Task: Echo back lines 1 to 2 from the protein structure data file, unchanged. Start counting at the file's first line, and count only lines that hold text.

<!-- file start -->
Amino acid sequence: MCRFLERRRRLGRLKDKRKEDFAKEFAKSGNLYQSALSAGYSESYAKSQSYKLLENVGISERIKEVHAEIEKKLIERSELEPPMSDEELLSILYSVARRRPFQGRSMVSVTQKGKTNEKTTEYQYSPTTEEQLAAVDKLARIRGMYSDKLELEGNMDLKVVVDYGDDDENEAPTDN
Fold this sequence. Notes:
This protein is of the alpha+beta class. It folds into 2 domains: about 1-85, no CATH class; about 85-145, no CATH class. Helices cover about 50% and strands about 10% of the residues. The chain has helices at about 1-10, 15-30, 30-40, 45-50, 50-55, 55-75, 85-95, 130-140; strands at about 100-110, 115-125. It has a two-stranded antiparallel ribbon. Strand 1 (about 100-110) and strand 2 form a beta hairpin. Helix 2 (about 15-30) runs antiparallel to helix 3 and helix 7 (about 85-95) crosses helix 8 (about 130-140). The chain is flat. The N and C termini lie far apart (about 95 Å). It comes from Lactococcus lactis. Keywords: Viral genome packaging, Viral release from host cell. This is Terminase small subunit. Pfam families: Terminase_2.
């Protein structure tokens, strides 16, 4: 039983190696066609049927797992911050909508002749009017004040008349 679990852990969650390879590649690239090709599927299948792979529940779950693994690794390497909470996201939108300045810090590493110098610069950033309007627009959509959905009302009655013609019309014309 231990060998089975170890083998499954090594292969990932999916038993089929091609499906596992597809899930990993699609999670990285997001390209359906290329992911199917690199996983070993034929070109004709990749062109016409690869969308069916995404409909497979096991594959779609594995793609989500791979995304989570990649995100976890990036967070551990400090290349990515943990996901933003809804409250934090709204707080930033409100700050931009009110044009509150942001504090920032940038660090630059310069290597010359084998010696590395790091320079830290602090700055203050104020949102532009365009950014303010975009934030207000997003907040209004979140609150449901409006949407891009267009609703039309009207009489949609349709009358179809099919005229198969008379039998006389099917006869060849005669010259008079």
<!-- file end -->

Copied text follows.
Amino acid sequence: MCRFLERRRRLGRLKDKRKEDFAKEFAKSGNLYQSALSAGYSESYAKSQSYKLLENVGISERIKEVHAEIEKKLIERSELEPPMSDEELLSILYSVARRRPFQGRSMVSVTQKGKTNEKTTEYQYSPTTEEQLAAVDKLARIRGMYSDKLELEGNMDLKVVVDYGDDDENEAPTDN
Fold this sequence. Notes: